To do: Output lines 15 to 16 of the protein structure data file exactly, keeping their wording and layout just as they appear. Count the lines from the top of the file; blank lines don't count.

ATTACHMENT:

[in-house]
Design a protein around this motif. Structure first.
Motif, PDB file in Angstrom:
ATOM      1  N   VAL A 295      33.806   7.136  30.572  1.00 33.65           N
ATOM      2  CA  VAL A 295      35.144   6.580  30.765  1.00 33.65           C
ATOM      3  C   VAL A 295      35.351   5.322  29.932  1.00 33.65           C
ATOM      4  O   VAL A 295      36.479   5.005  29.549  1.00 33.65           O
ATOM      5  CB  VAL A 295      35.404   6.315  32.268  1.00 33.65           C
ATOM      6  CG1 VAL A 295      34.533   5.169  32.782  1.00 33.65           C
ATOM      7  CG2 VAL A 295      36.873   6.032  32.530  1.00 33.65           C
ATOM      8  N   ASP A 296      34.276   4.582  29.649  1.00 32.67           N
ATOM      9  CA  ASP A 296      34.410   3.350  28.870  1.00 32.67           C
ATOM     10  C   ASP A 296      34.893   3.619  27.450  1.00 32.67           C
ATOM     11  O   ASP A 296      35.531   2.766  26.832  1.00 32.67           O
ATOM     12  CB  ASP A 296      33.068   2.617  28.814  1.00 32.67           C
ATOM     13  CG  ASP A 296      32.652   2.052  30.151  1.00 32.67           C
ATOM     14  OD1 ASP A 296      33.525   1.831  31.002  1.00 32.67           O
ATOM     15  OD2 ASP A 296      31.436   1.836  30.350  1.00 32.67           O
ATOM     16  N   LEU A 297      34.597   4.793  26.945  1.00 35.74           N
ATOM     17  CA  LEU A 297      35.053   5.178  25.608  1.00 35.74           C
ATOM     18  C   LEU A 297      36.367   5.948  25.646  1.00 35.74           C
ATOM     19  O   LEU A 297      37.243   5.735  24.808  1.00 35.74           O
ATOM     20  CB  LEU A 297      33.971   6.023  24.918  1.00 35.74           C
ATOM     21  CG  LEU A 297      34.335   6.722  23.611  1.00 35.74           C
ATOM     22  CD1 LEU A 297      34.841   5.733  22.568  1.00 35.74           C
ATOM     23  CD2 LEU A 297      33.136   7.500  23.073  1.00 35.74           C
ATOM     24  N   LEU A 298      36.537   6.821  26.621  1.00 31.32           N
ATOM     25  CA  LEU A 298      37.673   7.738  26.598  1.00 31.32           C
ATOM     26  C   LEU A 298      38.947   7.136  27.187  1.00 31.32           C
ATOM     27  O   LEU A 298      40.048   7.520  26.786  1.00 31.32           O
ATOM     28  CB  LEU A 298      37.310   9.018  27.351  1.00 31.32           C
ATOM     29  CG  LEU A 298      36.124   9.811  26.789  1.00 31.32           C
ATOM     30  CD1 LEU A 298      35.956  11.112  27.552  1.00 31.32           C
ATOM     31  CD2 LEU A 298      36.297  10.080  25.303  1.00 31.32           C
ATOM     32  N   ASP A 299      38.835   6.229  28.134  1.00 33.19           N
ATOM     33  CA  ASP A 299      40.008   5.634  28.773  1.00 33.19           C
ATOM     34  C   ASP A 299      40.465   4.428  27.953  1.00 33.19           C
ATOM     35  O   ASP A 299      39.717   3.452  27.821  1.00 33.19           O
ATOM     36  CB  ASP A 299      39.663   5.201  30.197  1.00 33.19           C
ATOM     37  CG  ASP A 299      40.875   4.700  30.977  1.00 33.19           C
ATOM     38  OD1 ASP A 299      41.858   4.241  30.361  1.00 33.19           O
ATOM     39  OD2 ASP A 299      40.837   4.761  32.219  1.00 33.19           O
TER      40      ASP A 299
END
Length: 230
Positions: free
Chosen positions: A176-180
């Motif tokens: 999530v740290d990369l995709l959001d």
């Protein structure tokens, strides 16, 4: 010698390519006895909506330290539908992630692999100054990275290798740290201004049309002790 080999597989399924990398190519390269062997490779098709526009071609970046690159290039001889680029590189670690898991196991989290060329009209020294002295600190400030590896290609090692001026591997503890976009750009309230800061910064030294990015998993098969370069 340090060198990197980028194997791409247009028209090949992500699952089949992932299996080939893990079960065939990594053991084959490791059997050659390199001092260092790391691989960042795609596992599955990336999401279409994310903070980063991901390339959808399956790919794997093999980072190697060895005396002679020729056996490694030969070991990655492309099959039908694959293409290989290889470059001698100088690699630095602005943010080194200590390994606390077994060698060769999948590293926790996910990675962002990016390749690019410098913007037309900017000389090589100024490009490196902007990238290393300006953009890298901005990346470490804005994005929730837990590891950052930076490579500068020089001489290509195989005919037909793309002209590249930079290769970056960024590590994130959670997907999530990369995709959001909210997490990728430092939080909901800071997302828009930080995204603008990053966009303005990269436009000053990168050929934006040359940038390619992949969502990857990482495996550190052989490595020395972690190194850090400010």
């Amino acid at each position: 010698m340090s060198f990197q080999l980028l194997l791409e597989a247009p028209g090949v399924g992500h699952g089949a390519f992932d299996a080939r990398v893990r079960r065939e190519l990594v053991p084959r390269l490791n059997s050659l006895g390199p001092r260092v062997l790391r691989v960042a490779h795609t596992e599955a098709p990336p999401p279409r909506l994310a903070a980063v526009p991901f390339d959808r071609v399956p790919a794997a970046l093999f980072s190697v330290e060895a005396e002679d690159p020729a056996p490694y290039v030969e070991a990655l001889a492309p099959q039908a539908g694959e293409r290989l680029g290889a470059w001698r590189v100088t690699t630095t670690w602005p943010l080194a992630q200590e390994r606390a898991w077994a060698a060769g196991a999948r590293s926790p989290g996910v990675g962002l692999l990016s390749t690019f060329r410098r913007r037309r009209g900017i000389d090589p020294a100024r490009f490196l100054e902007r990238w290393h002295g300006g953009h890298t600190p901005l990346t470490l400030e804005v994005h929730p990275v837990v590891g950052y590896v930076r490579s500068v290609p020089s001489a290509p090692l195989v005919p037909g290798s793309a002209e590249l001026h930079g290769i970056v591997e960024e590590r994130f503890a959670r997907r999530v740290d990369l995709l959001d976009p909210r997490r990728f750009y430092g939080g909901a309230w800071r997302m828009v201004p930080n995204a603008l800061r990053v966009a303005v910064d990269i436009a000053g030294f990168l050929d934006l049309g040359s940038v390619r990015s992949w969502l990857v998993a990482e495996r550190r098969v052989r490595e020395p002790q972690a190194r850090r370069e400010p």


ATOM     12  CB  ASP A 296      33.068   2.617  28.814  1.00 32.67           C
ATOM     13  CG  ASP A 296      32.652   2.052  30.151  1.00 32.67           C